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Lost and found?

23 June 2010

Must be something in the water — the British AND Frida Kahlo… once again.

Joanna Moorhead,the Guardian (U.K.) art writer, describes  distant cousin, Leonora Carrington, as a “lost” British artist. I beg to differ. Carrington is hardly lost… let alone British. She abandoned Britain at the age of twenty because it was stifling her creativity.  How she came to be a Mexican was the subject of an earlier post, but the point is, she’s a Mexican — not British — artist.

At just under five minutes into the video, Moorhead finally gives Carrington a chance to speak of herself and her own art. What she says (at 5:50) is the key to the difference between the British and Mexican way of seeing. “You’re trying to intellectualize — desperately!”, the 93 year old artist says in exasperation.

(Although I believe use of the clip would be fair use, The Guardian — where this clip appeared — beleives otherwise, and no way I can afford it… here’s the short link:  http://gu.com/p/2hnxq

At the risk of intellectualizing, I think I can expand on  Doña Leonora’s  dismissal of the questions.  Briefly.  And incompletely.

The English-speaking world can’t comprehend — without a lot of rationalizing — that the world is an irrational place.

Our ghosts, our Virgins, our simultaneous realities do not fit easily into the Empirical and coldly rationalist world-view of the north, and those who accept multiple realities are “lost” to that world.

  • That a traditional lifestyle and modern world co-exists seems “magical” except when it is an everyday occurence.  I have written before about taking the bus to Santa Fe, the high-tech, post-modern, corporate corridor of Mexico City, seated next to a traditionally dressed indigenous lady, which whom I chatted… about DSL connections and WiFi.  Or, a corporate attorney I worked with… who thought he captured on his cell phone camera an image of the Virgin of Guadalupe.  While he figured out it was a trick of light, still… he was willing to accept the possibility of such an appearance.  There is no one reality. Not even an ultimate one.
  • In the Spanish language, “to be” has two forms:  estar and serEstar is a changeable or impermanent state, Ser is permanent.  And what is more permanent than death?  But we do not say, “Señor Kurtz, se murto” but “Señor Kurtz, está muerto” — Mr. Kurtz is dead right now, but that’s not necessarily the last word on the subject.  There is no last word, and no reason to spend a lot of extraneous words getting around that.

Carrington — although self-described as a “surrealist” is comfortable with the multiple realities, and paints what she sees.  That what she sees is not what others see is only an accident of talent.  That alone makes her Latin American, but there is another trait at work here … one that the English (and English-speakers in general) … cannot comprehend without creating an intellectual framework.

To the northerners, individualism is the hallmark of the artist (which helps explain why Kahlo — a very individualist painter — is so highly regarded outside Latin America).

  • In this culture, artists are just people who do art… their lives may be interesting or completely mundane, but who have a skill at putting on canvas what they see.  What they see may not be what you and I see, but then — being Latin Americans, there is no reason to believe we all see the same things anyway.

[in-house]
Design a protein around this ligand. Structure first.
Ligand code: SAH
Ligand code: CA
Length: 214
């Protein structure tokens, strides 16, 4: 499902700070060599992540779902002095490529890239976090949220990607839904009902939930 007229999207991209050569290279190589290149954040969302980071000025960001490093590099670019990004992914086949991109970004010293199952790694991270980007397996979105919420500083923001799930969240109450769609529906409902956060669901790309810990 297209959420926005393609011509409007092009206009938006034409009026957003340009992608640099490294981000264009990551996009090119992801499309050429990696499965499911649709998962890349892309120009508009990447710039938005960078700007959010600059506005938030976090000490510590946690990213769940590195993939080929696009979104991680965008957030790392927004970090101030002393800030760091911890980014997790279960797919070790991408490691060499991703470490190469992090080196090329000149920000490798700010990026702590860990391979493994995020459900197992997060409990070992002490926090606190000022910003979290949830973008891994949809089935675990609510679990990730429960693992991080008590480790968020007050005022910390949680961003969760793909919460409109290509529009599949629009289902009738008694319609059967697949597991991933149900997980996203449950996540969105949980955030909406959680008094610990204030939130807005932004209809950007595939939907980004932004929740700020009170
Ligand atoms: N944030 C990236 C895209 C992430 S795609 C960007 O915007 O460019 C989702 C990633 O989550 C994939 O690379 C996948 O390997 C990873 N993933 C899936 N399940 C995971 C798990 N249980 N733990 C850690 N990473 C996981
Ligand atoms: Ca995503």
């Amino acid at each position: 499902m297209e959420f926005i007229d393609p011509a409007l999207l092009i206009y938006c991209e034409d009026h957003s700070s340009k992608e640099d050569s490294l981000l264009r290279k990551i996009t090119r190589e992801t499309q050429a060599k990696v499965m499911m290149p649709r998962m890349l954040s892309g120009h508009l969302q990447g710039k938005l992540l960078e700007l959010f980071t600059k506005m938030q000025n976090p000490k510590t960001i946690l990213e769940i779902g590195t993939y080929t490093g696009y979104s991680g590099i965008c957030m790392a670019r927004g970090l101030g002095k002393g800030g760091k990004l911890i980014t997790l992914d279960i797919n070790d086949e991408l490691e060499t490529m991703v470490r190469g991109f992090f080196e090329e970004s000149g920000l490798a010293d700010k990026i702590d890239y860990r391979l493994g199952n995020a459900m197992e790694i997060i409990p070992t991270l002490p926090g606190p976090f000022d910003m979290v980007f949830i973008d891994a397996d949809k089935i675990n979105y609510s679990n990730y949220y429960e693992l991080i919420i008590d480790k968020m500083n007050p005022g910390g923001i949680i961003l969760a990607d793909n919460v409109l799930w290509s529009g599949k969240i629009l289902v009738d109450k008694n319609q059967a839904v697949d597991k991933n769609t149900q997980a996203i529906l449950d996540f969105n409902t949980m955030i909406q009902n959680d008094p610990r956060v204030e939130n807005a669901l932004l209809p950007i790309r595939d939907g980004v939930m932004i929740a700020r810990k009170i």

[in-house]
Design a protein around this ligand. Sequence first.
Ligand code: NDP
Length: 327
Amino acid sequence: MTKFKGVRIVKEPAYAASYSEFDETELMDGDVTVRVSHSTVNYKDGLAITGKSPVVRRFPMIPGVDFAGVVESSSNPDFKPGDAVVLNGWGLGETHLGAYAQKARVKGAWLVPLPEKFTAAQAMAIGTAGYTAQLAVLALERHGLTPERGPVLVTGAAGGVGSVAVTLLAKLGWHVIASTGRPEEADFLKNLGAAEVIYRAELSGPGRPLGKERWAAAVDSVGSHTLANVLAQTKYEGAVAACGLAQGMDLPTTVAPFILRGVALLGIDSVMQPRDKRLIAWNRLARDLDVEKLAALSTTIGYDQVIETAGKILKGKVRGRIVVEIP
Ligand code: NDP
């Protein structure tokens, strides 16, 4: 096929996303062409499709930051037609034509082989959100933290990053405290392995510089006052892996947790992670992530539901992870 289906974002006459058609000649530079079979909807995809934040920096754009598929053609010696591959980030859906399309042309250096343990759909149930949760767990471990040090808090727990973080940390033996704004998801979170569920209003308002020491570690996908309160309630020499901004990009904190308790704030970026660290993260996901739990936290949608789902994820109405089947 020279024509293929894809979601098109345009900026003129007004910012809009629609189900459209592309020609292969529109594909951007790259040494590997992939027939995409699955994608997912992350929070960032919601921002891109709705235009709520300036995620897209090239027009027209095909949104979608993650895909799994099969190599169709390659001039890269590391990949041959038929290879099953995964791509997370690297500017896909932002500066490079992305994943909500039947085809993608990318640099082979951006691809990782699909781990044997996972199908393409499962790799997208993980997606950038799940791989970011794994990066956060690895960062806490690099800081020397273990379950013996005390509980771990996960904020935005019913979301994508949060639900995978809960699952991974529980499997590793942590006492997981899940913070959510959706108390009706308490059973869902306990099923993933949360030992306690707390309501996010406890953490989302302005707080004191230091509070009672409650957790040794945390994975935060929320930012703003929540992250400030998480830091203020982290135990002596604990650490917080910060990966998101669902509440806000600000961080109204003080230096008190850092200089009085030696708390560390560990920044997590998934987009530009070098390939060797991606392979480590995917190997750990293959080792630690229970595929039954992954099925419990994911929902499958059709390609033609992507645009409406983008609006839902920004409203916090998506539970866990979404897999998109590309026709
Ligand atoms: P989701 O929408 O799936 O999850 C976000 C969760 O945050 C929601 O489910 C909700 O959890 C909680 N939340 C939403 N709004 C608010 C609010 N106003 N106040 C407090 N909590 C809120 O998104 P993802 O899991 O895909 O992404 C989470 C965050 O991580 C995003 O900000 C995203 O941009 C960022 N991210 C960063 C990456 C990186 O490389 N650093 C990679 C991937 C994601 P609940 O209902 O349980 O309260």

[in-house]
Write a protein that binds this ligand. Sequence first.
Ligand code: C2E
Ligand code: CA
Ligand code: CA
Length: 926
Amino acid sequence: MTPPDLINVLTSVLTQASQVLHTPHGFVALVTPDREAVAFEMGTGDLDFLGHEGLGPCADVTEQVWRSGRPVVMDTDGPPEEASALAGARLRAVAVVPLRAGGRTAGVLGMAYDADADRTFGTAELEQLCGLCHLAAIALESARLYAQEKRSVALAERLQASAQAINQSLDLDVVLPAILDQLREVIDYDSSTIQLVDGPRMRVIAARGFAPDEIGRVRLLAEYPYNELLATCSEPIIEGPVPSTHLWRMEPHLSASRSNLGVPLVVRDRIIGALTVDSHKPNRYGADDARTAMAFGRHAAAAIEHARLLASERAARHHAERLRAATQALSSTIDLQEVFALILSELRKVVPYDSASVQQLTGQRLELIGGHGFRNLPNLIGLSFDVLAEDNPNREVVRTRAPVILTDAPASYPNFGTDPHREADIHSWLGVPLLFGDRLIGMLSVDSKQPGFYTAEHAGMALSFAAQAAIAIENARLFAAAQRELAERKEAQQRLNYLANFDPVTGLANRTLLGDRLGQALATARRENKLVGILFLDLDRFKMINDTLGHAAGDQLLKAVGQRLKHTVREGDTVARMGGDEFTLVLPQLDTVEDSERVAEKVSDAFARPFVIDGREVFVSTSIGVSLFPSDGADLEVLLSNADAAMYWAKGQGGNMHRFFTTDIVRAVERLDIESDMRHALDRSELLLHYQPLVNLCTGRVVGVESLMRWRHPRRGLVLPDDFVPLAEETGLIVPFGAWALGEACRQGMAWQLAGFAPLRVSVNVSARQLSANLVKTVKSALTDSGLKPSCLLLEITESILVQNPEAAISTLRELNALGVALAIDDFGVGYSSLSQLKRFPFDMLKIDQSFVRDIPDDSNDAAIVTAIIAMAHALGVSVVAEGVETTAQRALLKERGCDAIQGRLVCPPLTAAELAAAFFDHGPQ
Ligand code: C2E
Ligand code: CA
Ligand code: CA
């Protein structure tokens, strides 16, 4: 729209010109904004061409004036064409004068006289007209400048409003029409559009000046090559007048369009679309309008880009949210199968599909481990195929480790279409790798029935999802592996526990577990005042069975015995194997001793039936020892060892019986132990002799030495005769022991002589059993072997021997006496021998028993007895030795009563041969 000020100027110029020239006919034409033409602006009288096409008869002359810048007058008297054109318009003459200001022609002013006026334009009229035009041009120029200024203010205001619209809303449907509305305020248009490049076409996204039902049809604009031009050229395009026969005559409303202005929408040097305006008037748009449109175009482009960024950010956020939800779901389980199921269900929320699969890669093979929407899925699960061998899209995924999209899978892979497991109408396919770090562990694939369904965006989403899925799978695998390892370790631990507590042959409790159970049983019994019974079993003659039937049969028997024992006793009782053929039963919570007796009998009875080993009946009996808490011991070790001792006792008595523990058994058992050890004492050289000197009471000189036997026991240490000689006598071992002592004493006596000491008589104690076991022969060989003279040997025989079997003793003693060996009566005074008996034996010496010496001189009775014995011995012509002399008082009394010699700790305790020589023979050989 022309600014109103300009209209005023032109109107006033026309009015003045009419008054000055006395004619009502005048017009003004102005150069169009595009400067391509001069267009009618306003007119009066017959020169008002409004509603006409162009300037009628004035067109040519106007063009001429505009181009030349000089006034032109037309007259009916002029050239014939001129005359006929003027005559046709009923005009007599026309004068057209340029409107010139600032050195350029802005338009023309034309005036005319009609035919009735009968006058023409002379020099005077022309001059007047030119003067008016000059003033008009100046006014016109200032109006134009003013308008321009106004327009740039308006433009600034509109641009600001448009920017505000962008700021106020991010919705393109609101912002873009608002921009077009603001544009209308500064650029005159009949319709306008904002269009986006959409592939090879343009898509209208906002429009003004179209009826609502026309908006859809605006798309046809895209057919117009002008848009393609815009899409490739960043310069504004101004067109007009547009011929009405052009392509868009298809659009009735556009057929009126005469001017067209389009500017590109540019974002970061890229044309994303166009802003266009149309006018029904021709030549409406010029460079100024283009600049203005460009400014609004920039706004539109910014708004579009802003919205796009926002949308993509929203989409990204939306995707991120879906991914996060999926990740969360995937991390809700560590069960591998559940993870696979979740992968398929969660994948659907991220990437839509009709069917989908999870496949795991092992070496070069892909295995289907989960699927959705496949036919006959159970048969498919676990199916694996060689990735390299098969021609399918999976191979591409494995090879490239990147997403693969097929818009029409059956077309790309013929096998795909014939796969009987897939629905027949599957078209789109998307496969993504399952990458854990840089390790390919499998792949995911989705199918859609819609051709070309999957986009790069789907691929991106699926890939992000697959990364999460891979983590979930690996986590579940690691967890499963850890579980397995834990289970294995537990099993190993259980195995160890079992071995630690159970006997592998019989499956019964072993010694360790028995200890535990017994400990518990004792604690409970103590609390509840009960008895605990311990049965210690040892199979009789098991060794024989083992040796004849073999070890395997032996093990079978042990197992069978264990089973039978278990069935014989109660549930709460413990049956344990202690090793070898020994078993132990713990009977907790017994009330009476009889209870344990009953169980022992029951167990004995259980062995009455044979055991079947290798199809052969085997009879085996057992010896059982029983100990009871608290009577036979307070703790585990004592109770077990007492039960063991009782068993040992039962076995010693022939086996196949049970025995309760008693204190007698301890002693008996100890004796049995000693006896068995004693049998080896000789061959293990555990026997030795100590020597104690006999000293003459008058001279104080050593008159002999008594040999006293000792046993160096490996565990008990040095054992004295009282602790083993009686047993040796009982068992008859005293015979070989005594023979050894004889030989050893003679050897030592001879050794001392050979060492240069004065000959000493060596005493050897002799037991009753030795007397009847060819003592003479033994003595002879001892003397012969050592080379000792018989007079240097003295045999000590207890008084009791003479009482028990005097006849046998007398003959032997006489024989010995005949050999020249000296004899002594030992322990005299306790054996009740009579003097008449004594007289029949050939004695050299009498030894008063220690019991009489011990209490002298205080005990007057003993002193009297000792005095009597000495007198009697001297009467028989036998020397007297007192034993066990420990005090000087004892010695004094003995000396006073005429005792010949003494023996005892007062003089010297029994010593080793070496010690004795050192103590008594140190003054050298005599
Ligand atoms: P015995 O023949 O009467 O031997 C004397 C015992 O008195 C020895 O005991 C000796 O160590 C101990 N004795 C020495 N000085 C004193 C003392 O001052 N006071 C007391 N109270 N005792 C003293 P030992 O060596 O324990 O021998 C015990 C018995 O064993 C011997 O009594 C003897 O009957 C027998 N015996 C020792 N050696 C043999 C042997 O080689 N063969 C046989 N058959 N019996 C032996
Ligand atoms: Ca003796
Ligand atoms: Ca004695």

• This doesn’t mean we don’t accept eccentricity or even deviance.  Rather, we absorb it into our own flexible reality.  This tolerance for oddity is perhaps stronger in Mexico than elsewhere.  As I’m fond of quoting from William S. Burroughs (an individualist, an artist and a deviant par excellence):  “…it simply would not occur to a Mexican to expect criticism from a stranger, nor to criticize the behavior of others.

Nor would a Mexican criticize the reality of others.  Carrington is not lost.  She never was… she just had the luck to find a world where there is nothing to explain, nor any expectation that she should.

* A minor correction from the original, respectfully suggested by one reader in Peru.

5 Comments leave one →
  1. otto permalink
    23 June 2010 6:17 am

    I would again expand that to “…Latin American ideal is respect AMONG (not towards) people”, but with that nitpicking aside, I totally agree. When this gringo castaway stopped thinking he began to learn a lot more. Long way to go, but plenty of patience.

  2. 23 June 2010 8:53 am

    What a wonderful posting.

    For what it’s worth, this is my musing for today.

    “Understanding Mexico seems complex because solving one mystery presents another. Life here is a fragmented composite of the magical and the mundane, of fact and myth and more. Most situations seem to have several solutions that are at odds with one another and attempting to determine what is valid and what is not, is folly. Those who’ve successfully immersed into this culture, simply sit back and let it unfold. They say there’s one constant: you’ll always be surprised!”

  3. 23 June 2010 2:02 pm

    “The English-speaking world can’t comprehend — without a lot of rationalizing — that the world is an irrational place.” Rodo has a blog, eh?

  4. Maggie permalink
    23 June 2010 3:56 pm

    Bravo Richard, beautiful.

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  1. Leonora Carrington, D.E.P. « The Mex Files

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